Household investments into clean energy including electric vehicles (EVs) and heat pumps can reduce a family's energy bills by hundreds of dollars per month, according to a report from Clean Energy Canada.
The Vancouver-based clean energy and climate think tank published A Clean Bill, which analyzed the financial impacts of adopting EVs and fossil-fuel-free heating and cooling for hypothetical Toronto households and condo owners.
The research found these clean energy investments will break even in a few years, or are already more cost effective because of government subsidies.
Stefan Pauer, manager for technology and economic analysis at Clean Energy Canada, said in an interview with SustainableBiz the findings resonate at a time when inflation is hitting pocketbooks, but the consequences of global warming are also highly visible.
“Affordability concerns are one of the most important topics that concern Canadians these days. At the same time, also climate change, with wildfires impacting many people’s lives this year . . . Both of those topics are front and centre for many people in Canada,” he said.
Three families in a Toronto neighbourhood
To illustrate the cost differences, Clean Energy Canada compared three hypothetical families of four living in similar-sized detached houses on the same street in a Toronto suburb. Each "family" drives two cars and each consumes and pays equivalent electricity and gas prices.
The first family made no changes, sticking to gasoline-powered cars and natural gas for heating, cooking and hot water, with their bill hitting $2,300 per month.
The second family purchased one EV, changed to a ducted air source heat pump with natural gas backup and stuck to natural gas heating for water and cooking. This family paid $1,794 per month.
The third family switched both cars to electric options, used a ducted air source heat pump with electric furnace backup, an electric stove and a water pump for water heating. The clean energy family paid $1,439 per month – saving nearly $10,000 per year versus the family that made no changes.
Condo dwellers also reap savings
When the methodology is applied to condos (in these scenarios, each family drives one auto), the same type of clean energy benefits are seen.
A household which drives an EV and lives in a building with central natural gas heating with radiators and window air conditioning, but uses a natural gas-fired hot water and cooking stove, will save $175 per month compared to a condo-dwelling family that makes no changes.
The condo household that swaps out their car for two public transit passes, a ductless air source heat pump with electric baseboard backup, a heat pump for water heating and an electric stove saves up to $459 per month. That is a saving of over $5,500 per year, according to the report.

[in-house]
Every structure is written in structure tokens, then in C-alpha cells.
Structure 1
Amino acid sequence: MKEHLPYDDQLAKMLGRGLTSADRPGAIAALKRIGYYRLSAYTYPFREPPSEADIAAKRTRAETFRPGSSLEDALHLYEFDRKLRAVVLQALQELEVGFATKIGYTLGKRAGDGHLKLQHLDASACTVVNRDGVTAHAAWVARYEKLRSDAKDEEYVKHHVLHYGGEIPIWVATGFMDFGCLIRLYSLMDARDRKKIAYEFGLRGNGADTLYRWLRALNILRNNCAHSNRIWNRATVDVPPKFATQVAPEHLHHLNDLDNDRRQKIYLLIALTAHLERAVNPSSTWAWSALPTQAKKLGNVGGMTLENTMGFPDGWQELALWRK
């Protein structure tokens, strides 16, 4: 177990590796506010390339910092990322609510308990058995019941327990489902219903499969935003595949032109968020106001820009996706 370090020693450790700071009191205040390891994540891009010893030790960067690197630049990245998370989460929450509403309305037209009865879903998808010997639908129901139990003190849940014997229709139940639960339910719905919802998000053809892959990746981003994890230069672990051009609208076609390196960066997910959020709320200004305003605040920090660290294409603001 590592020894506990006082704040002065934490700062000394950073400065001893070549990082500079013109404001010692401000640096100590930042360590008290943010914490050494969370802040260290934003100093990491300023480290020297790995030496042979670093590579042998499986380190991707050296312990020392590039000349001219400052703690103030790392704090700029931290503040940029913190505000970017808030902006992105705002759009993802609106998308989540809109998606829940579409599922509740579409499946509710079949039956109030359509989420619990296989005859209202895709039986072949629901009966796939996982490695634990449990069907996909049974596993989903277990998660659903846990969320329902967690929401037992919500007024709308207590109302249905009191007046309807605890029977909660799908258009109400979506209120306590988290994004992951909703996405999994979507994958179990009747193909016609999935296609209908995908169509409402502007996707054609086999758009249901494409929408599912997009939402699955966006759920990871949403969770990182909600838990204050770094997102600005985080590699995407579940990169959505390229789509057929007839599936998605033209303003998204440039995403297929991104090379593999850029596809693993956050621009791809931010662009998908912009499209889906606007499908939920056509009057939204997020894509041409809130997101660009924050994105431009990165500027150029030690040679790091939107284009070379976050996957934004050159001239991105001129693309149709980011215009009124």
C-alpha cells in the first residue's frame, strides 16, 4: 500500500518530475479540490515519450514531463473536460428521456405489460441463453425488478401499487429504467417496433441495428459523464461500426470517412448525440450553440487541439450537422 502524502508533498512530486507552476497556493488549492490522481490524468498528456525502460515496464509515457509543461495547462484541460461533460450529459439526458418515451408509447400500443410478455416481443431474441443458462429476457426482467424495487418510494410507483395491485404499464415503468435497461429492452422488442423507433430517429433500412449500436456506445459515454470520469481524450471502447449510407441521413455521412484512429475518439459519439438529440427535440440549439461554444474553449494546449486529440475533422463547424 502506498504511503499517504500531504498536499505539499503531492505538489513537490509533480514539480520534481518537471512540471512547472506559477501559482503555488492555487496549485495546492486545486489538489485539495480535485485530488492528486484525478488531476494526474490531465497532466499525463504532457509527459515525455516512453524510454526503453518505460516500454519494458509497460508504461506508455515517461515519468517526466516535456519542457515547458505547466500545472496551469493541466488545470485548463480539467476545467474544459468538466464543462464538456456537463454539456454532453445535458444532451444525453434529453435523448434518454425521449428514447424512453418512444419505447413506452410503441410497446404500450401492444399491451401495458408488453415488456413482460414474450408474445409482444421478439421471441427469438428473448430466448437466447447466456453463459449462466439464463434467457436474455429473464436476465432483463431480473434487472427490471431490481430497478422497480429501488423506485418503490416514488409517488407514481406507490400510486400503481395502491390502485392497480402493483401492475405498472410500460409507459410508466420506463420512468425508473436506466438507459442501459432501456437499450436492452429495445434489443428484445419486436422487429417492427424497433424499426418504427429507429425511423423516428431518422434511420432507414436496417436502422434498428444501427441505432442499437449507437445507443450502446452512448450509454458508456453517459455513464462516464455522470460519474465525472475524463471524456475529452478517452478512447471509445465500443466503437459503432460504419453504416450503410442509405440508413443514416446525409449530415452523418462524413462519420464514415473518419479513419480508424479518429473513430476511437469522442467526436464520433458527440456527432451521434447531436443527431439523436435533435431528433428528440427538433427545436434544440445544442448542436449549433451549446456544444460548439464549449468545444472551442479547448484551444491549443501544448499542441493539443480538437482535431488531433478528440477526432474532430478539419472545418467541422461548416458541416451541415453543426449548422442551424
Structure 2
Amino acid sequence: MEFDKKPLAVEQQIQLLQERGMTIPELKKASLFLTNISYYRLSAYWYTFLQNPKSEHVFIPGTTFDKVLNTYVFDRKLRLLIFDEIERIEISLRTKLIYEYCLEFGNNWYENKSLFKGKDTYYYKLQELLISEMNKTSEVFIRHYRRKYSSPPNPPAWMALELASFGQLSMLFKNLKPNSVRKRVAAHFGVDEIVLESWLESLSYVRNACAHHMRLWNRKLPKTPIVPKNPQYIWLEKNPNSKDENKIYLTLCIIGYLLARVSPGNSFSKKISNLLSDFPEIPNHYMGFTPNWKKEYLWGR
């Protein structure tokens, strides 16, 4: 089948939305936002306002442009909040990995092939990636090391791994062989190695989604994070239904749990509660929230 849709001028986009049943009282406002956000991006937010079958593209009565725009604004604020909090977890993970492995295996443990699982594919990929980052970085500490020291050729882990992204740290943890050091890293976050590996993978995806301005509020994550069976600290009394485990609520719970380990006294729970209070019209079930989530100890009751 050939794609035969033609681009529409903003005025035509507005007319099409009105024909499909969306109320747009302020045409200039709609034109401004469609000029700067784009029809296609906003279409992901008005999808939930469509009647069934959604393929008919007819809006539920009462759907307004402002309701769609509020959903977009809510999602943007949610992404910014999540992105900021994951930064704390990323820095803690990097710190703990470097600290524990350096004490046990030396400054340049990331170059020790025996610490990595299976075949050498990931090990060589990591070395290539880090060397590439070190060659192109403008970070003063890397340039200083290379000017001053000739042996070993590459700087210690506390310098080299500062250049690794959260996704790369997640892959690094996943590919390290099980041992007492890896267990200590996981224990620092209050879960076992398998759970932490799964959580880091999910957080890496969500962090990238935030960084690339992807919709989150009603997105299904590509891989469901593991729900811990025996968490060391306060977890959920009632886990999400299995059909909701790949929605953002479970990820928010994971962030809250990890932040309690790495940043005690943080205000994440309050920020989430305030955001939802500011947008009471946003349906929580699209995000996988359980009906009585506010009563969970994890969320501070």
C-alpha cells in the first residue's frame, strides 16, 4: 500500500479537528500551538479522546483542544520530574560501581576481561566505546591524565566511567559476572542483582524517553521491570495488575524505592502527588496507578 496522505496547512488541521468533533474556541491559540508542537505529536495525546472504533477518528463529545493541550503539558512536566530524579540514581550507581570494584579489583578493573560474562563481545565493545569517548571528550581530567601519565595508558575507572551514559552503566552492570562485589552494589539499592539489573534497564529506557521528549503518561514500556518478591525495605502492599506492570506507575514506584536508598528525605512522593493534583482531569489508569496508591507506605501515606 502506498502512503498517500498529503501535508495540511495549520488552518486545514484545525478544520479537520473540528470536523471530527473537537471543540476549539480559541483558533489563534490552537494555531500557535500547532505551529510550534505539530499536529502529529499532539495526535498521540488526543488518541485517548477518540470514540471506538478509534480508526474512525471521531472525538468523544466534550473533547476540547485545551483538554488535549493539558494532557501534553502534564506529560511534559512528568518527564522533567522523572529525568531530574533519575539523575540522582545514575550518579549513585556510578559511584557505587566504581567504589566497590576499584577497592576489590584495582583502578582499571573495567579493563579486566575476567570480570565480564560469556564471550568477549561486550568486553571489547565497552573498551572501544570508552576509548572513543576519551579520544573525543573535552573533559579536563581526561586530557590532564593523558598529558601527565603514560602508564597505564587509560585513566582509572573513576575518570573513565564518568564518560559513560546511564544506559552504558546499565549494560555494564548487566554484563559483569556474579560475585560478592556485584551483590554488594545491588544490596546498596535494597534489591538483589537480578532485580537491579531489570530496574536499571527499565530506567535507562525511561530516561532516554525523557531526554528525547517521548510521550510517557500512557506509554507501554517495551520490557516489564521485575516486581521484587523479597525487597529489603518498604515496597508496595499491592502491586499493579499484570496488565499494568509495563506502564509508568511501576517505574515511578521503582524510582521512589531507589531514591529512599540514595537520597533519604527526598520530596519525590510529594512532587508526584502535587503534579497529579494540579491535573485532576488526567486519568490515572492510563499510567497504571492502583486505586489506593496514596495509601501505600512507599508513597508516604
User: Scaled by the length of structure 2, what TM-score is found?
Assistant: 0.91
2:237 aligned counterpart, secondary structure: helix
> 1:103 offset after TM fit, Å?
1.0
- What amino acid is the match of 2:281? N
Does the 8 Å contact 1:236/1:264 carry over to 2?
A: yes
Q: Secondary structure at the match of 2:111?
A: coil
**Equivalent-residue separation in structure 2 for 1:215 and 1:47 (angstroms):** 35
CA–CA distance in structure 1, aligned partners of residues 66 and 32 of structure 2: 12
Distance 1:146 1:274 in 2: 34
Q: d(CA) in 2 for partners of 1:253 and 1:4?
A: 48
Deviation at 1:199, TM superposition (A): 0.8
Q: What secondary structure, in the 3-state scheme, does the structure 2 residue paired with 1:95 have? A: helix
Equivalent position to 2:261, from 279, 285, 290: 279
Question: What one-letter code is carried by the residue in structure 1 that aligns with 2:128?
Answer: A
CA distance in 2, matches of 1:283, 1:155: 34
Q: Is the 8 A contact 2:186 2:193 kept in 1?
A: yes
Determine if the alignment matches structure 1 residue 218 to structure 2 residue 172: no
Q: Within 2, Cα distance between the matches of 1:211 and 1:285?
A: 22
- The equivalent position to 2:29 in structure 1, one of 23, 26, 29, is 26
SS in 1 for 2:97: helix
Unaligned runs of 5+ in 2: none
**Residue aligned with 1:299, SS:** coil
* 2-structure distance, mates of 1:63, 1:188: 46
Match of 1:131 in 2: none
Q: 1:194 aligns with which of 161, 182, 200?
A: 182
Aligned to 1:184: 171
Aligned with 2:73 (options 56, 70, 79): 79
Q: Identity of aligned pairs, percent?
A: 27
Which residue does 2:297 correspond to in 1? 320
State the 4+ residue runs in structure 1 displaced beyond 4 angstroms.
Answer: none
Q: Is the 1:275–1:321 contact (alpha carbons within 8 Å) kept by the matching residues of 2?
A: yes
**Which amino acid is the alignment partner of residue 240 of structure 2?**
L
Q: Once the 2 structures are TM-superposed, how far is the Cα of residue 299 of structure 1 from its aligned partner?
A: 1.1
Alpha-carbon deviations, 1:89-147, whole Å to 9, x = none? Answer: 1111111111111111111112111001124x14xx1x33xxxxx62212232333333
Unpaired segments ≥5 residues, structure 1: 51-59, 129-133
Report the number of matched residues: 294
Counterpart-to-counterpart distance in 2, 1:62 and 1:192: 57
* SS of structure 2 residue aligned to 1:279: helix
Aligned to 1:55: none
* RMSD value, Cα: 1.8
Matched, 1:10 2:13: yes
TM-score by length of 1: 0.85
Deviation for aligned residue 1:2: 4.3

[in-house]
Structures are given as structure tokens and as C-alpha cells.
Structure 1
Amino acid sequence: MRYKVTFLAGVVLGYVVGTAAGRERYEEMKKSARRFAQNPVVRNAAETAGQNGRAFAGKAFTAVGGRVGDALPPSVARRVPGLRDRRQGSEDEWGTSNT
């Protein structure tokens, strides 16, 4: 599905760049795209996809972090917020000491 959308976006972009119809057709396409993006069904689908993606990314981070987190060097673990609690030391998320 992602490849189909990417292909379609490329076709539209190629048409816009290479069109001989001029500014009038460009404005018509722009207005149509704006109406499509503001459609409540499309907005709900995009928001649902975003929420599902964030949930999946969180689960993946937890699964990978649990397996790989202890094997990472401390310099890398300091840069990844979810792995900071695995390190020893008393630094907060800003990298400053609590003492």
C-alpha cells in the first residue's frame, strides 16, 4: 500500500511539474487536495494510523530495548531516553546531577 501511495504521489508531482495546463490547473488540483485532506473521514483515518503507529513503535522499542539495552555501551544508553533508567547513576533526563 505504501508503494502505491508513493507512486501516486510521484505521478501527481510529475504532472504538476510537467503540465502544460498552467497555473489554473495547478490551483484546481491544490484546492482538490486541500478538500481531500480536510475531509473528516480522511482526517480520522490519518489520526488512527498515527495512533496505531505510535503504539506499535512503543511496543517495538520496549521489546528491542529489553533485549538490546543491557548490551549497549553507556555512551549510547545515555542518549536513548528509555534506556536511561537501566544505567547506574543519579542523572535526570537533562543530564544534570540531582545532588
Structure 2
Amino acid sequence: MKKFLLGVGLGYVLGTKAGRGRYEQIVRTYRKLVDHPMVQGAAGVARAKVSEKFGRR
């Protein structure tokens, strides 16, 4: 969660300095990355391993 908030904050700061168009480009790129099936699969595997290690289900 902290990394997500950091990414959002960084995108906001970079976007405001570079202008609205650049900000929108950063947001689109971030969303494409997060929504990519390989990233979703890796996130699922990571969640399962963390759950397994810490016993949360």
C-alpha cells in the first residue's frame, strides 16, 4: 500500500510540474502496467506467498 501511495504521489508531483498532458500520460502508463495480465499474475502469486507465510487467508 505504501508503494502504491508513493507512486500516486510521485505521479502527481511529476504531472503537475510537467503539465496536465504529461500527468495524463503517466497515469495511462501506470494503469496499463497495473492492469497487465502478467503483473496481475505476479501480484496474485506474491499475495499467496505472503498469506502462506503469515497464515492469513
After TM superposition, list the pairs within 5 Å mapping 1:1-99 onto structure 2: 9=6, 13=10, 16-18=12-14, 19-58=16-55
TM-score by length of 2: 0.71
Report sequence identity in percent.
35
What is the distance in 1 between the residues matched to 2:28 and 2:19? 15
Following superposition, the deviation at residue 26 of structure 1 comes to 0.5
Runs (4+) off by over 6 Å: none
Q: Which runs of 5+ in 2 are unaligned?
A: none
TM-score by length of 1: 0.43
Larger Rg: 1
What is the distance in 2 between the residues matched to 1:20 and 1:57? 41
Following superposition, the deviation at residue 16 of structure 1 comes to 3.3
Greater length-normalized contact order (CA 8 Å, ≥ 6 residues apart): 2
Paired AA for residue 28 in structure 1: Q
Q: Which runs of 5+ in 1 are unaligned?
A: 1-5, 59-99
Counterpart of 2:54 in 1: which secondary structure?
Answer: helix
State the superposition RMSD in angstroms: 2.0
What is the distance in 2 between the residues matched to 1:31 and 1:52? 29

Electric vehicles and heat pumps lead the charge
The think tank contrasted the 10-year ownership period of popular models of gas-powered cars to comparative EV models across Canada and found a consistent trend.
“The biggest money saver was electric vehicles,” Pauer said. “EVs have been cheaper to own than gas cars for a while already . . . Gas cars have gotten more expensive whereas EVs have held relatively steady in price.”
A 2023 Chevrolet Bolt EV is approximately $33,600 cheaper over a decade to own and operate than a 2023 Toyota Corolla Hatchback XSE. The electric model of the 2023 Hyundai Kona Preferred costs approximately $32,300 less than its gas-powered model over the 10-year ownership period.
Stepping up to more luxurious vehicles, the 2023 Tesla Model 3 RWD offers over $43,300 in savings when compared to the 2024 Lexus ES 250 AWD, the report states.
As for pick-up trucks, the 2023 Ford F-150 Lightning XLT Standard Range would be over $47,400 cheaper to own and operate than the 2023 Ford F-150 XLT SuperCrew 4x4 Mid.
Federal, provincial and territorial government rebates play a key role in this, Pauer said. EVs also do not require gasoline, which has risen in cost faster than electricity, and have lower expenses for maintenance and repairs.
The report used a baseline of 20,000 kilometres driven annually for each of the vehicle comparisons.
The story is similar with heat pumps.
The report cites a study from the Canadian Climate Institute that suggests installing a heat pump is already the most cost-effective option for most Canadian households over the lifetime of the system.
Getting more Canadians on clean energy
In a series of recommendations, Clean Energy Canada highlights the importance of ensuring Canadians can access the rebates. Pauer recommends the federal and provincial governments extend the life of existing rebates and initiate programs for EVs in jurisdictions with no rebates.
Clean Energy Canada also considers how renters could play a part in the energy transition.
Renters do not have a say in choosing to install heat pumps or other more sustainable systems, despite paying the bills.
If a decision is made to install a heat pump, the building owner bears the cost but does not directly benefit from the cost savings. Incentivizing building owners to upgrade buildings has also been found to increase rental costs or enable "renovictions," the study also notes.
The “split incentive” problem holds back widespread adoption of clean energy in rental units, which Clean Energy Canada says can be addressed by looking to the Netherlands, which has minimum energy efficiency standards for residential rental properties.
This issue becomes more important as Canada is set to boost its rental housing stock, Pauer said.